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Walmart Eliminates Third-Party Carrier's Participation in Distribution Centers

Walmart Eliminates Third-Party Carrier's Participation in Distribution Centers

Friday, February 8th, 2019

Is Walmart’s latest move about to give the retailer a newfound edge in the competitive grocery market? Recent headlines have sprouted up stating that Walmart is taking back a handful of its facilities from Wisconsin-based third party distribution company Schneider Logistics, in a move to consolidate its distribution network.

A report by The Press-Tribune outlines plans for an Eastvale, California, facility—noting that postings on the California’s WARN Act site, which lists pending job terminations, state Schneider would terminate 461 workers in Eastvale and 51 in nearby Fontana.

Michelle Malashock, Media Relations, WalmartWalmart's Senior Manager, Media Relations, Michelle Malashock told the news source that the company plans to retain “as many people as possible” when it assumes control of the Eastvale distribution center. She also noted that Walmart plans to add more staff, possibly bringing the total of employees in Eastvale to 700.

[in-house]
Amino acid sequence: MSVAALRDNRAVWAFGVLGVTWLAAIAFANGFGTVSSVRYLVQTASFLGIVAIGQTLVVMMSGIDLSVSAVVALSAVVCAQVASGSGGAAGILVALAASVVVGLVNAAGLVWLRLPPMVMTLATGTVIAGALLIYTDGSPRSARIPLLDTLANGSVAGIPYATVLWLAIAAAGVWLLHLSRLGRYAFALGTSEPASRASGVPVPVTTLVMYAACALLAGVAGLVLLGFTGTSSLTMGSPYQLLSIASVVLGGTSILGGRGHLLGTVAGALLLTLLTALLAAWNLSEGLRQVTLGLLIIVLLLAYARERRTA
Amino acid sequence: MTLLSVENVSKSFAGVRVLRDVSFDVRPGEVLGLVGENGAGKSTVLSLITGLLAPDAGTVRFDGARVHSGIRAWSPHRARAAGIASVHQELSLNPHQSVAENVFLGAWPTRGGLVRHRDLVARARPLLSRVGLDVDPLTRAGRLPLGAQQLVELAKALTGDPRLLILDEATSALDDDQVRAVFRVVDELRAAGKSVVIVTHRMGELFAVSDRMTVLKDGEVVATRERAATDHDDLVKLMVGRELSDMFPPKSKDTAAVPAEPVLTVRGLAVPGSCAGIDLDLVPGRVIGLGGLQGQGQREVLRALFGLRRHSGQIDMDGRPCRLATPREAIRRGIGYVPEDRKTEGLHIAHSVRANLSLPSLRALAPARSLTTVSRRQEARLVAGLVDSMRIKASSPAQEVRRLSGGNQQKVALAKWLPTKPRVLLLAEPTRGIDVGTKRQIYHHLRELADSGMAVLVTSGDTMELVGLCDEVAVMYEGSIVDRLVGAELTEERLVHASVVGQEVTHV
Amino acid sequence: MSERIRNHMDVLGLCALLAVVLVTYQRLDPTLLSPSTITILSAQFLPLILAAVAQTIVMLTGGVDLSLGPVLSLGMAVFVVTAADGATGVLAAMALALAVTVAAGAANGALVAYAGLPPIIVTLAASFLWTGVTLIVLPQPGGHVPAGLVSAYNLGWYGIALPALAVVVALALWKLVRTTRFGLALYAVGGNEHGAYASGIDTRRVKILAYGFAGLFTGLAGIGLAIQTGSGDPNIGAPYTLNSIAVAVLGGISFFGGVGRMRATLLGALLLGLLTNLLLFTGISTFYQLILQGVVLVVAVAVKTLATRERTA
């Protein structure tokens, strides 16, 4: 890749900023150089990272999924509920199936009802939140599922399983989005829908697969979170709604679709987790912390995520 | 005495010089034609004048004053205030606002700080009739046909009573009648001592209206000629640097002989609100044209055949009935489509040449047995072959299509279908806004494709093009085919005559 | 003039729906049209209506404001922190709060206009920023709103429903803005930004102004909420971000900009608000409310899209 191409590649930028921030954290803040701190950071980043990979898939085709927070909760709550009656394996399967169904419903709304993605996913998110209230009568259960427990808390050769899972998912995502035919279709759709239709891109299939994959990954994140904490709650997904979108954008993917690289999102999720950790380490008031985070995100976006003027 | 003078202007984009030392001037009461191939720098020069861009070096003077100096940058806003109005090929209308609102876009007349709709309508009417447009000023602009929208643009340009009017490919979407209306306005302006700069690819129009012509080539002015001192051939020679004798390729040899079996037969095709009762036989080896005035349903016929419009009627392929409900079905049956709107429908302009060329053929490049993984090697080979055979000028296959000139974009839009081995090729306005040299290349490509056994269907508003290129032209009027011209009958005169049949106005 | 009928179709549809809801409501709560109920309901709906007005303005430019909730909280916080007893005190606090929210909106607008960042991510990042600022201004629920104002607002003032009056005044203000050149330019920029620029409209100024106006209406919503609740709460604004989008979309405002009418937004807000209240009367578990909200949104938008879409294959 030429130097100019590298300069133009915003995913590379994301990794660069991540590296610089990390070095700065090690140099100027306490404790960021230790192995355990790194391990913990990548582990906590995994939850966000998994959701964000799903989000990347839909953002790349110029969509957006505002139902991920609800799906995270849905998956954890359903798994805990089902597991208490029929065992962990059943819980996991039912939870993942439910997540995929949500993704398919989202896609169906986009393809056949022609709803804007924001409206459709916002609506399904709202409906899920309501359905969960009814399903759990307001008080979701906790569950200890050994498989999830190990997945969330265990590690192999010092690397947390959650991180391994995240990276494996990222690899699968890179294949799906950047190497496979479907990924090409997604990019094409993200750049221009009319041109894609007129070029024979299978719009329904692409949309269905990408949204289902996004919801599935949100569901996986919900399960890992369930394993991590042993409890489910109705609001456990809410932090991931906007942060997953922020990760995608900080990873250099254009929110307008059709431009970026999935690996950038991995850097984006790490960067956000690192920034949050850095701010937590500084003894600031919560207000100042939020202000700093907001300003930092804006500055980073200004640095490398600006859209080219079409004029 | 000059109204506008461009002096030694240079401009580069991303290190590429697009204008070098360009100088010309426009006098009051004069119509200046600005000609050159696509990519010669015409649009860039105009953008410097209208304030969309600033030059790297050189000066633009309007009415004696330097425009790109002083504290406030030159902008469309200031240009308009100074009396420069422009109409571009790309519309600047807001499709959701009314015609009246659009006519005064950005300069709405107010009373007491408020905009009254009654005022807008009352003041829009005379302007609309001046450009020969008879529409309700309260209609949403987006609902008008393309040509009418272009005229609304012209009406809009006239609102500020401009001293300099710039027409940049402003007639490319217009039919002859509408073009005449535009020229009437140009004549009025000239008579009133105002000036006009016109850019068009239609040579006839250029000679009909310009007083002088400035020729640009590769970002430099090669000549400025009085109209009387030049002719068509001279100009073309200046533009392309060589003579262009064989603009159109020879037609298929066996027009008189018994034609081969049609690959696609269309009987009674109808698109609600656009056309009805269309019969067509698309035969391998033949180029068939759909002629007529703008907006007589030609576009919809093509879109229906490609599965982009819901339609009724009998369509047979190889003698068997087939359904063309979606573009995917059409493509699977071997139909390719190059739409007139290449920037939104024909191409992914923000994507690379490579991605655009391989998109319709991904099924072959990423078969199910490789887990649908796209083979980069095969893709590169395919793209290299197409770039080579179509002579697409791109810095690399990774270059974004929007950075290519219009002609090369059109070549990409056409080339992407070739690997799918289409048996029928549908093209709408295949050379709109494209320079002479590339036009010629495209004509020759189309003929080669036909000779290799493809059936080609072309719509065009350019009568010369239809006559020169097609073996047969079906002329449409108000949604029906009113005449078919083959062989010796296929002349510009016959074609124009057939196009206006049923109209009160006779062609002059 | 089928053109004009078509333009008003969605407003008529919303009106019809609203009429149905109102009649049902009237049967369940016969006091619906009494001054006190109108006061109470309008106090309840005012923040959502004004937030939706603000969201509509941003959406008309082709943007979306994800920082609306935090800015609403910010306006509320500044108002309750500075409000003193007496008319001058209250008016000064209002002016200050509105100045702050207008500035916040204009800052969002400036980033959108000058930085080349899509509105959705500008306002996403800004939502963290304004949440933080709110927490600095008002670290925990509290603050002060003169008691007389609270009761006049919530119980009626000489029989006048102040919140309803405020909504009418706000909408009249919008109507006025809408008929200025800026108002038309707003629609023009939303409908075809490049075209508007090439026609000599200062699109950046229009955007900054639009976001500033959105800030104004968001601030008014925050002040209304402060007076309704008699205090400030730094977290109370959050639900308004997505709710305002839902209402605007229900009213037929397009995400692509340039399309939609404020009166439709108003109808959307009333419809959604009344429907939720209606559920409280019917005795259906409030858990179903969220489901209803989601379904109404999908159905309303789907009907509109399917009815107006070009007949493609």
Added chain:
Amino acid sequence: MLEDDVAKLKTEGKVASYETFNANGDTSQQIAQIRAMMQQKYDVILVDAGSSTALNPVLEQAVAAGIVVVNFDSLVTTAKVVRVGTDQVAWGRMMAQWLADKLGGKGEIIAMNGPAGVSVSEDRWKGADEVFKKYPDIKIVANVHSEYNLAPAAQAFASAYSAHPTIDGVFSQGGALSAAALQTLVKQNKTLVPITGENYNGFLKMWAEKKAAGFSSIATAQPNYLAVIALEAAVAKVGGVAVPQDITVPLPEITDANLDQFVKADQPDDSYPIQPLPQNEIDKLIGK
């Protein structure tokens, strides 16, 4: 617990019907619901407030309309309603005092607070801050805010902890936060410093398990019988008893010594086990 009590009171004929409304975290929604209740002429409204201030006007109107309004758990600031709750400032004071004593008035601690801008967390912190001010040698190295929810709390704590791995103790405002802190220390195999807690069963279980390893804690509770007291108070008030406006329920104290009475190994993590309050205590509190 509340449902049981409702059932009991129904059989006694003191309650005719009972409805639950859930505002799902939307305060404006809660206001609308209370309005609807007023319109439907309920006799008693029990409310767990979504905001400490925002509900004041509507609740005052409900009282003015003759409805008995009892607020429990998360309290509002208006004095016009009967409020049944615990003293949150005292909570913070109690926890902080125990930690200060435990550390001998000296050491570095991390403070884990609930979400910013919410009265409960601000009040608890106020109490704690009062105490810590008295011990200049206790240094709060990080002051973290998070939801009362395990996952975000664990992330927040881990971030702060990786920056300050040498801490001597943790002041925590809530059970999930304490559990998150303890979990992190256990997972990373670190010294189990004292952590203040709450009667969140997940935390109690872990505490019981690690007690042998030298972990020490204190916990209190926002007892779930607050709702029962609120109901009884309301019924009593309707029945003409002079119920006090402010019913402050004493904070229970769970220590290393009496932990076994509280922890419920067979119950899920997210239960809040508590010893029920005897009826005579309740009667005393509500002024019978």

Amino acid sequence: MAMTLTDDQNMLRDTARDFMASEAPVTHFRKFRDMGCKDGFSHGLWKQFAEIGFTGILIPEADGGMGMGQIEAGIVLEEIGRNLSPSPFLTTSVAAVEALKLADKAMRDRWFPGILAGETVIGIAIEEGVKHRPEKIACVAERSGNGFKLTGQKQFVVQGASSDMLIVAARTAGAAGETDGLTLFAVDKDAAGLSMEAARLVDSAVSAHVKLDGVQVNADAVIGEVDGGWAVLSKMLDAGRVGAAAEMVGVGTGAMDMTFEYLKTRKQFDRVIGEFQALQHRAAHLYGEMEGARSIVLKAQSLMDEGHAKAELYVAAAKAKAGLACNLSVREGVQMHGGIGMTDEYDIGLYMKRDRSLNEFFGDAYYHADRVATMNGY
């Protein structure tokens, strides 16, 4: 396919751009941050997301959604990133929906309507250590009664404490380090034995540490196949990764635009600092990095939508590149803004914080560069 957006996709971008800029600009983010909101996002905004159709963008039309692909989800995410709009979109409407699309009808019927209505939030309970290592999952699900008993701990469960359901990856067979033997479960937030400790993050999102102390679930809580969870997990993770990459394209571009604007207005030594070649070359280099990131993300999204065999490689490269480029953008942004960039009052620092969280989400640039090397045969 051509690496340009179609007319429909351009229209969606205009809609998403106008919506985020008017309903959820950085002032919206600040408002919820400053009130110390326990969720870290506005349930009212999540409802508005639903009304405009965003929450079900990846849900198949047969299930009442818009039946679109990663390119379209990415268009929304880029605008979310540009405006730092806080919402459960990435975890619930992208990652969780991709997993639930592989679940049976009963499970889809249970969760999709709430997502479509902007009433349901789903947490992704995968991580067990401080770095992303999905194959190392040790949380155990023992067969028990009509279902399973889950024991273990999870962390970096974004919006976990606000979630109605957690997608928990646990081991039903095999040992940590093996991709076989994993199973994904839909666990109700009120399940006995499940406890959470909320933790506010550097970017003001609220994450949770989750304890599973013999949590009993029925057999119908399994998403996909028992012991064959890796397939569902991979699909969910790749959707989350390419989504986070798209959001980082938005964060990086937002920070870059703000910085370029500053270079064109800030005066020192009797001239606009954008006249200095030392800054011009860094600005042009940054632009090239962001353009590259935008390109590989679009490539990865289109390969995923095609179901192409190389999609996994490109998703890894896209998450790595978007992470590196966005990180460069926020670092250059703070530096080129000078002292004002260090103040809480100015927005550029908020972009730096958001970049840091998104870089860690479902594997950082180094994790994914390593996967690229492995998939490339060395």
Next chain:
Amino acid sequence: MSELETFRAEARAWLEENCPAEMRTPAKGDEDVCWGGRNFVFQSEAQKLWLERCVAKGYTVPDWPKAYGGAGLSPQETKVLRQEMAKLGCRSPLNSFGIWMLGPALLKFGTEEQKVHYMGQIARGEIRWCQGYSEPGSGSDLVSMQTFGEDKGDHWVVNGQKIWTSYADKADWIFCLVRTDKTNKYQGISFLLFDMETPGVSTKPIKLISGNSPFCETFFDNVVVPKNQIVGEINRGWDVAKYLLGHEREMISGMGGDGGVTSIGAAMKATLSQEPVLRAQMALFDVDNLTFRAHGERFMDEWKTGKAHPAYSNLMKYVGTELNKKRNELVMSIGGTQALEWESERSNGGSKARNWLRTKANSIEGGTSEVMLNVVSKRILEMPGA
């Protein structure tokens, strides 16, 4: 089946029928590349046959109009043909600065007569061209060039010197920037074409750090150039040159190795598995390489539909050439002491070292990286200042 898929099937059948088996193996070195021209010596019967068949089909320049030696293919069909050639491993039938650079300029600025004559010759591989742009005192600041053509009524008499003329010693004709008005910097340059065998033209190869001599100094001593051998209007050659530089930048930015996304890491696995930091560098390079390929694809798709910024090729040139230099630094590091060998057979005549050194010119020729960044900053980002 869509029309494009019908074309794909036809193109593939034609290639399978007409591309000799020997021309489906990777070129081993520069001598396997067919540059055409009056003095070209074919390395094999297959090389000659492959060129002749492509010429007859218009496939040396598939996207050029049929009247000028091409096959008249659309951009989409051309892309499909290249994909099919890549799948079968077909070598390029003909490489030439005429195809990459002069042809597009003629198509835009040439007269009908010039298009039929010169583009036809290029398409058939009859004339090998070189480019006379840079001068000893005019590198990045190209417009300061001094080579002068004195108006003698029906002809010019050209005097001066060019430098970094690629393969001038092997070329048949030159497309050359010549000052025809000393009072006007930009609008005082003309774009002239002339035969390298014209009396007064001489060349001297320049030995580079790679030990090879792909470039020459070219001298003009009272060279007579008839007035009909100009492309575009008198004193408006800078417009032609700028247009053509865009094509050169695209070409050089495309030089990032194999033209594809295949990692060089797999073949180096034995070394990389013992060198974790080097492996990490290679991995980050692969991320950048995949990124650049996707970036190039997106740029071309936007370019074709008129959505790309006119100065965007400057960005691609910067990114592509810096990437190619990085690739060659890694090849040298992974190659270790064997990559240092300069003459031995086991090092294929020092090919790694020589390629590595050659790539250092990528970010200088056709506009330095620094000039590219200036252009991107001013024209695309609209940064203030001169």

A separate report by The Herald-News notes that a Schneider-run, 3.4-million-square-foot distribution center in Elwood, Illinois, will also be reabsorbed into Walmart’s distribution infrastructure proper. Schneider has issued a layoff notice for 589 people employed at the facility.

Caroline Portlock, Director of the Workforce, Investment Board of Will County“The facility's not closing,” Caroline Portlock, Director of the Workforce Investment Board of Will County told The Herald-News. “It's anticipated that employees will be offered employment by Walmart.”

A third report by The Columbus Dispatch details a familiar pattern.

Walmart may be working to consolidate its distribution network, taking control of distribution centers that it had previously contracted with third-party management

“Walmart plans to operate its truck fleet at its Washington Court House facility, eliminating a third-party carrier, and will employ more than 100 drivers as part of the move,” the news source states, noting that the retailer has already begun accepting applications. The retailer may also hire more than 75 new drivers, in addition to 125 drivers who are expected to transition from Schneider’s workforce.

Late last year, Walmart made headlines over its increased investments in its shipping fleet. The mega-retailer added more than 1,400 truckers to its workforce, and offered an average annual salary of $87,500 annual, as well as $1,500 referral bonuses.

Is this reassumption of distribution centers another play for grocery dominance? Deli Market News will continue to report.